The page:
The Jitters in Tehran

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Raheb Homavandi / Reuters

Iran's President Mahmoud Ahmadinejad

Although you wouldn't know it listening the bellicose rhetoric of President Mahmoud Ahmadinejad, Iran's leadership has the jitters. While the President this week stayed on message, proclaiming that "our nation is swiftly on track to becoming a superpower," anxiety over the possibility of a military confrontation with the U.S. in Iraq and further damage to Iran's international position has the country's leaders locked in sober, closed-door consultations. And Tehran's most influential businessmen are again debating whether to transfer their assets abroad. Says political analyst Saeed Laylaz: "At the highest levels of the regime, the situation today is being taken very, very seriously."

Escalating tensions with the U.S. are sufficiently worrisome that former President Akbar Hashemi Rafsanjani is once again leading a drive to contain Ahmadinejad and his political ambitions. Supreme Leader Ayatollah Ali Khamenei, who heads the executive branch in Iran's system, asked Rafsanjani — who was beaten by Ahmadinejad in the last presidential election — to spearhead a similar effort last year, after Ahmadinejad's remarks about Israel sparked an international outcry. That intervention was late and ineffective, but this time Rafsanjani is moving more quickly and aggressively to defuse tensions with the West. The former president has been meeting with MPs critical of the President, and issued a terse and rare reprimand after a recent presidential speech. Official and semi-official media have joined the effort to curb Ahmadinejad, with two prominent newspapers in the past month running editorials critical of the President, calling his foreign policy obtuse and ordering him to stay out of diplomacy over the country's nuclear program. Even Baztab, the conservative news website connected with Mohsen Rezai, former Revolutionary Guard commander and current secretary of the powerful Expediency Council, is running analyses of U.S.-Iran relations with headlines such as "How to prevent confrontation between the lion and the eagle."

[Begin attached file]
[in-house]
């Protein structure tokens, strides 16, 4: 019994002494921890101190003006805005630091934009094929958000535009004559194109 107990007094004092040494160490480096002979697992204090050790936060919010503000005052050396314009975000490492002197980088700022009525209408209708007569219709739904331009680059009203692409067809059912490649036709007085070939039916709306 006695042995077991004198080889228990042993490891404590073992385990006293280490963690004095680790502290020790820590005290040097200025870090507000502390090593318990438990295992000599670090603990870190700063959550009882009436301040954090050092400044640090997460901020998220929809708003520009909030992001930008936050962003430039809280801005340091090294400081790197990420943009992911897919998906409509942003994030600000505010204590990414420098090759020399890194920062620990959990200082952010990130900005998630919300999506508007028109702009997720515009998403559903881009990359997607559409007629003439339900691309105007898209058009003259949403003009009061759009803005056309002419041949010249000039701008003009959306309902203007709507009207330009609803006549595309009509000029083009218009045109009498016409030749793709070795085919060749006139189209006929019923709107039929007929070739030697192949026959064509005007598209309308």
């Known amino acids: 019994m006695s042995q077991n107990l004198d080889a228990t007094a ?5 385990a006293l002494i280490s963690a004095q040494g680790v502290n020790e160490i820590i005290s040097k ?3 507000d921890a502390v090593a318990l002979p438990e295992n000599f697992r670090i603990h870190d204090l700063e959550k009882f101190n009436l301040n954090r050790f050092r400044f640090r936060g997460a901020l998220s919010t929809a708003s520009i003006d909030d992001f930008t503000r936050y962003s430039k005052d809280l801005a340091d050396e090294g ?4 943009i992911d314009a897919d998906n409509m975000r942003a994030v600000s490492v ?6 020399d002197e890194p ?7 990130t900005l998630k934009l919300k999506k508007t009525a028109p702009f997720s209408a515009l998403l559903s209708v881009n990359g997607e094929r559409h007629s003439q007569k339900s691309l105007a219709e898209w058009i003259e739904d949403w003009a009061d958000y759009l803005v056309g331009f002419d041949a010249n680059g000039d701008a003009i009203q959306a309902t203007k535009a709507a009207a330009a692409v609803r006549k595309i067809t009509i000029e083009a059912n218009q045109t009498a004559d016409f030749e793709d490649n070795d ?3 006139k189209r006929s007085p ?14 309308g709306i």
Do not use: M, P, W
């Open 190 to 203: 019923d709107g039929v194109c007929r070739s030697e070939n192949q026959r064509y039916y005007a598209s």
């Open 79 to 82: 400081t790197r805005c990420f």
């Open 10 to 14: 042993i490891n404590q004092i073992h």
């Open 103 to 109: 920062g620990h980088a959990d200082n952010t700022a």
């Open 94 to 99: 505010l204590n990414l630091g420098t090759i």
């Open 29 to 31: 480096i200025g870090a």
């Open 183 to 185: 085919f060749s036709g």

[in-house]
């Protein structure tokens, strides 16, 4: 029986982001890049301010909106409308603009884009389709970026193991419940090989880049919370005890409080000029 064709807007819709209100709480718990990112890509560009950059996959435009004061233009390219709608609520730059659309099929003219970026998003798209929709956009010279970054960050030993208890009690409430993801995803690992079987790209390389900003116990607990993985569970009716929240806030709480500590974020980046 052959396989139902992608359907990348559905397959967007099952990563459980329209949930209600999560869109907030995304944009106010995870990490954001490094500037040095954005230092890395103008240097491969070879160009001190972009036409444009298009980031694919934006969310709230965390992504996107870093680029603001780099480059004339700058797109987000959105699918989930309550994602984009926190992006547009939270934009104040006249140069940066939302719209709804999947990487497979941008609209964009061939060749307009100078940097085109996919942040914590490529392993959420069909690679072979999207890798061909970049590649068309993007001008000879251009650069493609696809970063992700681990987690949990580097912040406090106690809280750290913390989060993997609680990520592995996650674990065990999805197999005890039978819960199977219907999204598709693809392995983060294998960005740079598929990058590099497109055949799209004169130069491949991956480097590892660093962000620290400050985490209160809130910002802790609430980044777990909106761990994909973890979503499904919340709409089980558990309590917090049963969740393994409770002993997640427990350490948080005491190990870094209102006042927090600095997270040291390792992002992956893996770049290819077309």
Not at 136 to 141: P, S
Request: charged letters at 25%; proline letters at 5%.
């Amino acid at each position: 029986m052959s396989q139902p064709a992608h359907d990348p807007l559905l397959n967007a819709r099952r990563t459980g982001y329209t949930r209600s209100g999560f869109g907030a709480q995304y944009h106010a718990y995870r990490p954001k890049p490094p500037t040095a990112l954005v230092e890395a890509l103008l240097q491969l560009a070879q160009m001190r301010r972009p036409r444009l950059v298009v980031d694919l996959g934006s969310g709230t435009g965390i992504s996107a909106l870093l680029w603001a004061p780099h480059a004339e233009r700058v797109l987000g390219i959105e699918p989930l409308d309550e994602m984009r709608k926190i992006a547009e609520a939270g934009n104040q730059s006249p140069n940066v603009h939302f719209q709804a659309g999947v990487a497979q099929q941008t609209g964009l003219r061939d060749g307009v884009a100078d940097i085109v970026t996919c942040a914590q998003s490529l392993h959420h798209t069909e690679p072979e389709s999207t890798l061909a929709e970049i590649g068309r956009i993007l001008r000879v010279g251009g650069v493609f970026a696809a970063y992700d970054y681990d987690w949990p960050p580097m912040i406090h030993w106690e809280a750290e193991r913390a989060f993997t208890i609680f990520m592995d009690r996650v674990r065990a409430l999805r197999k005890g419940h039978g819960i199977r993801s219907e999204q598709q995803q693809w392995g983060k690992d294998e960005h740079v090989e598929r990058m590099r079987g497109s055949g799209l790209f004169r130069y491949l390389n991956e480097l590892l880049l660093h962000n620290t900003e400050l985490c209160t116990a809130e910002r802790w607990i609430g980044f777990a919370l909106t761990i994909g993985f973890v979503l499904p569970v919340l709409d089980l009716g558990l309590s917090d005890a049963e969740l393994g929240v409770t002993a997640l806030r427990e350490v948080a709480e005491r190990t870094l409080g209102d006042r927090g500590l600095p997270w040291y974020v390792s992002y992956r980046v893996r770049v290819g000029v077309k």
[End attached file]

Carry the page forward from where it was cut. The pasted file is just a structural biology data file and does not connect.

Even more revealing than the skittish media and internal political maneuvering, analysts here say, is Tehran's muted response to the U.S. military's detention of Iranian security officials in Iraq, and the raid on its official liaison office in Erbil. Both acts might have provoked a harsher response were Tehran more confident that Washington's confrontational rhetoric was meant only to intimidate. Former president Mohammad Khatami, viewed here as a valuable interlocutor in dealing with the United States, attended a session with Senator Bob Kerrey at the World Economic Summit in Davos — under normal circumstances such a meeting would leave radicals here livid.

With the United States resistant to opening talks with Tehran over Iraq and the nuclear issue, Iran's leaders are divided over what to concede in their attempts to head off a potential clash. The country's response to the U.N. Security Council's Feb. 20 deadline to cease uranium enrichment will be the first real test of whether Iran will blink. But even if officials here are increasingly anxious about the approaching deadline and rising tension with Washington, ordinary Iranians — mostly relying for information on newspapers that downplay the crisis — feel secure. "America has already shown in Iraq that it can't do anything," say Jaleh Momeni, a 26-year-old secretary in Tehran. "They don't dare attack us."